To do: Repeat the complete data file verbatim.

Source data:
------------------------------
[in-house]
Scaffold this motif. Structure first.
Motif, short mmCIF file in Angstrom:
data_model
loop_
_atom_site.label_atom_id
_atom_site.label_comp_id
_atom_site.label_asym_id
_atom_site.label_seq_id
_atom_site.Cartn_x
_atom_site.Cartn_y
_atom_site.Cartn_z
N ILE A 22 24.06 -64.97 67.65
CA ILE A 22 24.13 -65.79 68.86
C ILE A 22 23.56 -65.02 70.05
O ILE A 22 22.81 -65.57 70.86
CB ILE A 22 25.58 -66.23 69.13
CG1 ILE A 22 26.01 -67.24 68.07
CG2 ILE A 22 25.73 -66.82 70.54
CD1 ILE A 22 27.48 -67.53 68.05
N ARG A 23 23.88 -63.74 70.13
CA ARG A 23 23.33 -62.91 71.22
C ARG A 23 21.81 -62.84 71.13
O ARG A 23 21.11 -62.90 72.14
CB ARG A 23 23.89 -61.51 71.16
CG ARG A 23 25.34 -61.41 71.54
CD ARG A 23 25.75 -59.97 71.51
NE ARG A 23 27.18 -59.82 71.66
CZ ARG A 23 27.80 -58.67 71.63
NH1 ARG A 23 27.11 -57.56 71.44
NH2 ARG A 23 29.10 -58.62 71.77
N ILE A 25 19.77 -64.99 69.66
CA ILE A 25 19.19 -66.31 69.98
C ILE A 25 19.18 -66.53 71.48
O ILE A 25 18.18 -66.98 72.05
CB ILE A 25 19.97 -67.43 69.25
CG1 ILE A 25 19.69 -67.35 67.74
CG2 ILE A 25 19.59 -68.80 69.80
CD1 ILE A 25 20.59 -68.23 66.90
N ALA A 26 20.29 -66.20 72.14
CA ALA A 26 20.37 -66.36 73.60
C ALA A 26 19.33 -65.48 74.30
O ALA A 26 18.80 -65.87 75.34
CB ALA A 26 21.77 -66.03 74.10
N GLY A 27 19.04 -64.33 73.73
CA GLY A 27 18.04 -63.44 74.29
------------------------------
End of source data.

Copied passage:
[in-house]
Scaffold this motif. Structure first.
Motif, short mmCIF file in Angstrom:
data_model
loop_
_atom_site.label_atom_id
_atom_site.label_comp_id
_atom_site.label_asym_id
_atom_site.label_seq_id
_atom_site.Cartn_x
_atom_site.Cartn_y
_atom_site.Cartn_z
N ILE A 22 24.06 -64.97 67.65
CA ILE A 22 24.13 -65.79 68.86
C ILE A 22 23.56 -65.02 70.05
O ILE A 22 22.81 -65.57 70.86
CB ILE A 22 25.58 -66.23 69.13
CG1 ILE A 22 26.01 -67.24 68.07
CG2 ILE A 22 25.73 -66.82 70.54
CD1 ILE A 22 27.48 -67.53 68.05
N ARG A 23 23.88 -63.74 70.13
CA ARG A 23 23.33 -62.91 71.22
C ARG A 23 21.81 -62.84 71.13
O ARG A 23 21.11 -62.90 72.14
CB ARG A 23 23.89 -61.51 71.16
CG ARG A 23 25.34 -61.41 71.54
CD ARG A 23 25.75 -59.97 71.51
NE ARG A 23 27.18 -59.82 71.66
CZ ARG A 23 27.80 -58.67 71.63
NH1 ARG A 23 27.11 -57.56 71.44
NH2 ARG A 23 29.10 -58.62 71.77
N ILE A 25 19.77 -64.99 69.66
CA ILE A 25 19.19 -66.31 69.98
C ILE A 25 19.18 -66.53 71.48
O ILE A 25 18.18 -66.98 72.05
CB ILE A 25 19.97 -67.43 69.25
CG1 ILE A 25 19.69 -67.35 67.74
CG2 ILE A 25 19.59 -68.80 69.80
CD1 ILE A 25 20.59 -68.23 66.90
N ALA A 26 20.29 -66.20 72.14
CA ALA A 26 20.37 -66.36 73.60
C ALA A 26 19.33 -65.48 74.30
O ALA A 26 18.80 -65.87 75.34
CB ALA A 26 21.77 -66.03 74.10
N GLY A 27 19.04 -64.33 73.73
CA GLY A 27 18.04 -63.44 74.29